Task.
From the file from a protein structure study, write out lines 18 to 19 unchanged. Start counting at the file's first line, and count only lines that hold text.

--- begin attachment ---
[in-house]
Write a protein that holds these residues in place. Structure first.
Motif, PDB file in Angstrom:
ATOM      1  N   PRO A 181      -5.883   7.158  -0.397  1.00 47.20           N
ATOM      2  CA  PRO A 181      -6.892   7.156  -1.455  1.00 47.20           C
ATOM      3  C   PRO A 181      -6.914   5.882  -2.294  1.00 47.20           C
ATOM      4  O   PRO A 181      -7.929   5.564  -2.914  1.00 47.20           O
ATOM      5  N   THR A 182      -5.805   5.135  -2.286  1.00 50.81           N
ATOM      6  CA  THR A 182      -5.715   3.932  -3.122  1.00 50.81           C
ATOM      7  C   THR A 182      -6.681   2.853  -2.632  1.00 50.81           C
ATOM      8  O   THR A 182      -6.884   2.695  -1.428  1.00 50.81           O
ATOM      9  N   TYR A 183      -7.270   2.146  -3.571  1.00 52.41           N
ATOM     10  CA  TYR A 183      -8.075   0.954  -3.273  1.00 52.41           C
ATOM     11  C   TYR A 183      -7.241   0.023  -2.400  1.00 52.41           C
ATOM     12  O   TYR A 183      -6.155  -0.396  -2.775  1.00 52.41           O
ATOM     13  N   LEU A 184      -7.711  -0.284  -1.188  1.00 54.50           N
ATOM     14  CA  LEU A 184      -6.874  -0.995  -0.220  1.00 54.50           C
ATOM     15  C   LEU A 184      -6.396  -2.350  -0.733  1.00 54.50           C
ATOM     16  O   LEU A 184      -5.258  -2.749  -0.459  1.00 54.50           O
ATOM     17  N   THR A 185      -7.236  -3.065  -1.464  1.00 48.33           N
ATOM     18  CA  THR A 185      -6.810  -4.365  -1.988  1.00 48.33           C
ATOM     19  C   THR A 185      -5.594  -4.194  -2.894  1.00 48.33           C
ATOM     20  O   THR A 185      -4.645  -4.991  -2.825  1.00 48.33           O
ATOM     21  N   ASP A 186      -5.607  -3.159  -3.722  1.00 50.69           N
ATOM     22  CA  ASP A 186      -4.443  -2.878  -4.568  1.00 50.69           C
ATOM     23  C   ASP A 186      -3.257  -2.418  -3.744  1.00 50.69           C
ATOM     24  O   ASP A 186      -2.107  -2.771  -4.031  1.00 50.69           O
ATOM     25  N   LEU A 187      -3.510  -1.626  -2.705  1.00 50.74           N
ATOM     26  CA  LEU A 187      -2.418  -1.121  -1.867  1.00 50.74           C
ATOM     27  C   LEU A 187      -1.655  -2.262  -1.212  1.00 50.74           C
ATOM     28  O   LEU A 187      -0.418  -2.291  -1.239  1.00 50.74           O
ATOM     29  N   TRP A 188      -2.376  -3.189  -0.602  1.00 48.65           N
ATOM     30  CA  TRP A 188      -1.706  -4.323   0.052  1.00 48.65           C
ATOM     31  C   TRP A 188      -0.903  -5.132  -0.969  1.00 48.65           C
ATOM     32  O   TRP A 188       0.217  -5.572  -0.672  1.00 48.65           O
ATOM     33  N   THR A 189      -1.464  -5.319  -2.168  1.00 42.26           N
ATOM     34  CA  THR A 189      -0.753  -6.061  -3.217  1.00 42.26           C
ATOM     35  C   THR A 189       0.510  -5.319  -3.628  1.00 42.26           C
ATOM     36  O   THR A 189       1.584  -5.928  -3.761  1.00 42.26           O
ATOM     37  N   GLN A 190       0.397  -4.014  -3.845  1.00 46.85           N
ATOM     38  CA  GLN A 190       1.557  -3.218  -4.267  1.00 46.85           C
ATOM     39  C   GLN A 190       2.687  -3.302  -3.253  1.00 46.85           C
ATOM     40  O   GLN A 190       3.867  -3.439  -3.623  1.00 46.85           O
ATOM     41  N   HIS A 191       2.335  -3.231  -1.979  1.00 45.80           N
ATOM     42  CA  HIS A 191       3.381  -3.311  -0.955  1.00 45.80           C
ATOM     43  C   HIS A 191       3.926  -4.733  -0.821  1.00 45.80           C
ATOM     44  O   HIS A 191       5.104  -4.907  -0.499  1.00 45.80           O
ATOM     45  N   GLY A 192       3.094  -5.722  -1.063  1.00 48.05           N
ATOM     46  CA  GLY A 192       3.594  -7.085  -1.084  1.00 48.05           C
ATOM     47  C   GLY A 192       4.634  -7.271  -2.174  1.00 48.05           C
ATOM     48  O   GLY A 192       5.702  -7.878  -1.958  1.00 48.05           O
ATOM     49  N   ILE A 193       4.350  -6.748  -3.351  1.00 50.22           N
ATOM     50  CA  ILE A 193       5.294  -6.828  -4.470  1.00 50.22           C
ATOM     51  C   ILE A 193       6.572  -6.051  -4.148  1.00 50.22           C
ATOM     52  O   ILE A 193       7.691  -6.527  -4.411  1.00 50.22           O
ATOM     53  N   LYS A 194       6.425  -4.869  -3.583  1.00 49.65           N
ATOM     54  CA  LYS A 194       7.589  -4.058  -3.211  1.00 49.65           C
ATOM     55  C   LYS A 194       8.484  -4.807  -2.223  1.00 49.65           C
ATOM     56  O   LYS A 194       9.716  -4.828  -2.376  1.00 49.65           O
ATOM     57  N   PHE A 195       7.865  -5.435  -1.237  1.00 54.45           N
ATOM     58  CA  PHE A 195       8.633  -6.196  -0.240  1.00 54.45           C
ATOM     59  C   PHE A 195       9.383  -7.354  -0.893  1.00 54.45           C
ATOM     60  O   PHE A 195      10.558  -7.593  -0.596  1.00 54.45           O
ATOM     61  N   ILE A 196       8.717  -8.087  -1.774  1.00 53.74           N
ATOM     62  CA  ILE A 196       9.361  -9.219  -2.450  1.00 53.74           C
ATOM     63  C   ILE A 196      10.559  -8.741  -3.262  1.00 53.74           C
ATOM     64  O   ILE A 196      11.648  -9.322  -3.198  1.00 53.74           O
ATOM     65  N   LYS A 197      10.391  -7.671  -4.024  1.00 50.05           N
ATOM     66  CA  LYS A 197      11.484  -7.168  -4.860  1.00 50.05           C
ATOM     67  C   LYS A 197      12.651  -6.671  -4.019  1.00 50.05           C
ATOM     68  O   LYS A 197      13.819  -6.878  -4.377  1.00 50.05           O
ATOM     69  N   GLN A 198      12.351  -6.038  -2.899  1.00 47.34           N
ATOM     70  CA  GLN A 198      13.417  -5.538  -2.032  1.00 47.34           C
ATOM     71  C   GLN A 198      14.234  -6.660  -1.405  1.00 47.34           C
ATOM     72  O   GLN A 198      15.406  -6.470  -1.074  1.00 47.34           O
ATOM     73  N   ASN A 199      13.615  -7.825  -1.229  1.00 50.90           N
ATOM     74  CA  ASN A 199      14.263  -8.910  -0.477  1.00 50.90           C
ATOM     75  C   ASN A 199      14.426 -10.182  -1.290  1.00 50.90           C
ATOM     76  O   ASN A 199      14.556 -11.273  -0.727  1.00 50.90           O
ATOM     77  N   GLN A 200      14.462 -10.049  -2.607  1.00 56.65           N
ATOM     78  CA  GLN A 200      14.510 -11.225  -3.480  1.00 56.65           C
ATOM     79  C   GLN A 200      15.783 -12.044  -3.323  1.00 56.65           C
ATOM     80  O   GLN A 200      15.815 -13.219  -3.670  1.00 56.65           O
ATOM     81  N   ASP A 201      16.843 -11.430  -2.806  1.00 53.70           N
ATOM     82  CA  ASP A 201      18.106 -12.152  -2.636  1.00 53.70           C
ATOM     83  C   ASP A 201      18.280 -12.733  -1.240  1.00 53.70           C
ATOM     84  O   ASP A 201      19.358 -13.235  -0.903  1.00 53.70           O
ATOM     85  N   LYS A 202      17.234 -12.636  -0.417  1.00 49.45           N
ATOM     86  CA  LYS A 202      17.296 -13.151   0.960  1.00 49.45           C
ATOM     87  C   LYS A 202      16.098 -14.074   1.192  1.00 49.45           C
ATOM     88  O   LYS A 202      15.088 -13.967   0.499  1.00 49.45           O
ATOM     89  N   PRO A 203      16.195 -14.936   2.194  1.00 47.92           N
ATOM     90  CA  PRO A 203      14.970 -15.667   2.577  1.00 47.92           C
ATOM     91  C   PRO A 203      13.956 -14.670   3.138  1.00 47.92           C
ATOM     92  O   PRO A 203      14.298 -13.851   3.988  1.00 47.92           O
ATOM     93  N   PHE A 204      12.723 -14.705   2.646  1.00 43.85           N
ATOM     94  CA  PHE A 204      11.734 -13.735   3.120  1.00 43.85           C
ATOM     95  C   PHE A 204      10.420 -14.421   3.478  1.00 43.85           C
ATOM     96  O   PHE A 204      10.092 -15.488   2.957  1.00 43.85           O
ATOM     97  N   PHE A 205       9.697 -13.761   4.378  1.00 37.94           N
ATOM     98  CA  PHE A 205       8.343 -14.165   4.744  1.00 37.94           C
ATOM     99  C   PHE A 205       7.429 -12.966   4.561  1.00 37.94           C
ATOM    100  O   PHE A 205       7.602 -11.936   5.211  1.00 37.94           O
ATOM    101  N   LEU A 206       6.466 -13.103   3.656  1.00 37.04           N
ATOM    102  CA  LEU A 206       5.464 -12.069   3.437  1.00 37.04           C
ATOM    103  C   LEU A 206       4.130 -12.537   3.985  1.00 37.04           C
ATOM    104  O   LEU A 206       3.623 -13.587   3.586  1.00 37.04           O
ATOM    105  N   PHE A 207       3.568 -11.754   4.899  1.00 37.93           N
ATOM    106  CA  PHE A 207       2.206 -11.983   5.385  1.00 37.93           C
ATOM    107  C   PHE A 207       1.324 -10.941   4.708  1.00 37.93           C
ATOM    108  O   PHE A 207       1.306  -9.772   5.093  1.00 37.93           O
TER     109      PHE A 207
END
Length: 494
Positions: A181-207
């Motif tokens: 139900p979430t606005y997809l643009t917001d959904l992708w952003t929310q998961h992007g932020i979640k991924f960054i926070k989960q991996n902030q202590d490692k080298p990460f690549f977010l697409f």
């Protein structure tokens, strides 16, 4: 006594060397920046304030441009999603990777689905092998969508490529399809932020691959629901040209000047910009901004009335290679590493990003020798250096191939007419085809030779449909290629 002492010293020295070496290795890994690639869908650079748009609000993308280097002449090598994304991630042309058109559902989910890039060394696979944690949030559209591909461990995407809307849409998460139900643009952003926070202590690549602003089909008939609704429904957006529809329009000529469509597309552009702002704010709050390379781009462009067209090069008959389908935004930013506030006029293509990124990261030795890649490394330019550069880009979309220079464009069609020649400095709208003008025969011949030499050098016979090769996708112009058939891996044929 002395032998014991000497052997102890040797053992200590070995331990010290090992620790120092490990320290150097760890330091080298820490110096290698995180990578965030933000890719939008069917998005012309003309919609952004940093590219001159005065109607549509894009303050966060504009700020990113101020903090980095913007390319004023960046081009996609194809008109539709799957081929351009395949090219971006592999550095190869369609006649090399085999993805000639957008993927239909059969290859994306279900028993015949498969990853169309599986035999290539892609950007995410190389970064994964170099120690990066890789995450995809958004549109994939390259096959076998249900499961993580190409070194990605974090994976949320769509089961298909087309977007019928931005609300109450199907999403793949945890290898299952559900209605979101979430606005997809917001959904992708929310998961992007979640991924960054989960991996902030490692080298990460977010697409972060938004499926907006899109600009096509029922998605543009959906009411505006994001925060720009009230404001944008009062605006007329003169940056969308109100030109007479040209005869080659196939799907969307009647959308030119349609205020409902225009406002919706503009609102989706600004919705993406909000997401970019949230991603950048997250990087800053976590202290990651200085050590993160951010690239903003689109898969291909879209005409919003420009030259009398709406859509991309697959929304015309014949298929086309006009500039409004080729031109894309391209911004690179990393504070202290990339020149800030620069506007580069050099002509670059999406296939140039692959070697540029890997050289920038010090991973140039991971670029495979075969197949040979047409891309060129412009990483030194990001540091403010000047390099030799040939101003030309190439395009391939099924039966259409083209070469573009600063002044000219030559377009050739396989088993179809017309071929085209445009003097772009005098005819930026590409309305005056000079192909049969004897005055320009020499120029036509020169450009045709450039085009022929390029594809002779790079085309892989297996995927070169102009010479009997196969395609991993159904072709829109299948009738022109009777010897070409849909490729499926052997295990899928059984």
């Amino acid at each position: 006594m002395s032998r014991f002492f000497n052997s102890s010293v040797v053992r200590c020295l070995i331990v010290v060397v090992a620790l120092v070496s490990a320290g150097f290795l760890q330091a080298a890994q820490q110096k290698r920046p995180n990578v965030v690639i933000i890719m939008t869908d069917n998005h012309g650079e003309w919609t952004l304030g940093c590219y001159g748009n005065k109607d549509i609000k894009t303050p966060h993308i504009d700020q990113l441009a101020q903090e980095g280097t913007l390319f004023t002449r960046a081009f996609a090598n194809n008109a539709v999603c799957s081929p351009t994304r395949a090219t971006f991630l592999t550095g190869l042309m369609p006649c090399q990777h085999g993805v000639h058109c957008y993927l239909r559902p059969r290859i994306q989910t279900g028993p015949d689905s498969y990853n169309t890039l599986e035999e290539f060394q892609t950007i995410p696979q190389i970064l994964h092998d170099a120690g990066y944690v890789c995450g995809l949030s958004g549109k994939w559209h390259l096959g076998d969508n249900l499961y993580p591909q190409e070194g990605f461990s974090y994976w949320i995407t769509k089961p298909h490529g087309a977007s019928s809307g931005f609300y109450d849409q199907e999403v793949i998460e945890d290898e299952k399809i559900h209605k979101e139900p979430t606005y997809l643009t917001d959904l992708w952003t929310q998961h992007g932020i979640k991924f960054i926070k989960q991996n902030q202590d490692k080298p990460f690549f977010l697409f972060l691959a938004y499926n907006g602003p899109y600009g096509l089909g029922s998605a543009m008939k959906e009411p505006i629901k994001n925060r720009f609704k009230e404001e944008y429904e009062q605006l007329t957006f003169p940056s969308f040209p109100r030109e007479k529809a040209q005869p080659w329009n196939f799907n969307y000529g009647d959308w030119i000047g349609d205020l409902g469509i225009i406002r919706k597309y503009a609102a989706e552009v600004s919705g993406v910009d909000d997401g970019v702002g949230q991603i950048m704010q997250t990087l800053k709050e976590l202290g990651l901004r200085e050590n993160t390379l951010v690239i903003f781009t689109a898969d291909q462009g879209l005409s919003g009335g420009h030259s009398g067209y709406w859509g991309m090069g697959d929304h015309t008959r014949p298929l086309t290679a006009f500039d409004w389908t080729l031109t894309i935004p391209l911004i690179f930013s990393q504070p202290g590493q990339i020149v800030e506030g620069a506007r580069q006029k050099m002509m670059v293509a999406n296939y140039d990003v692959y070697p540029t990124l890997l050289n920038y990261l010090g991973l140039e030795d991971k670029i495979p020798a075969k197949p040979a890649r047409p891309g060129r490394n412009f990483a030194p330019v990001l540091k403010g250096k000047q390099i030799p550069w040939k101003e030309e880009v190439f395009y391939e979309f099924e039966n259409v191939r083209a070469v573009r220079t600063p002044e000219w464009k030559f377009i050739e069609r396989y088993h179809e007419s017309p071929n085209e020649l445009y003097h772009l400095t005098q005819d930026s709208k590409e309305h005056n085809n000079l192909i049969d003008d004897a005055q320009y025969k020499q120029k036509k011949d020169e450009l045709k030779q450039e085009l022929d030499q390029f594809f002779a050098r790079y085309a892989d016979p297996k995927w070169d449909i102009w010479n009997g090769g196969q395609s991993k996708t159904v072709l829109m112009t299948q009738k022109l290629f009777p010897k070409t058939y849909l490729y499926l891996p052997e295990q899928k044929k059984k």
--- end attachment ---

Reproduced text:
ATOM     15  C   LEU A 184      -6.396  -2.350  -0.733  1.00 54.50           C
ATOM     16  O   LEU A 184      -5.258  -2.749  -0.459  1.00 54.50           O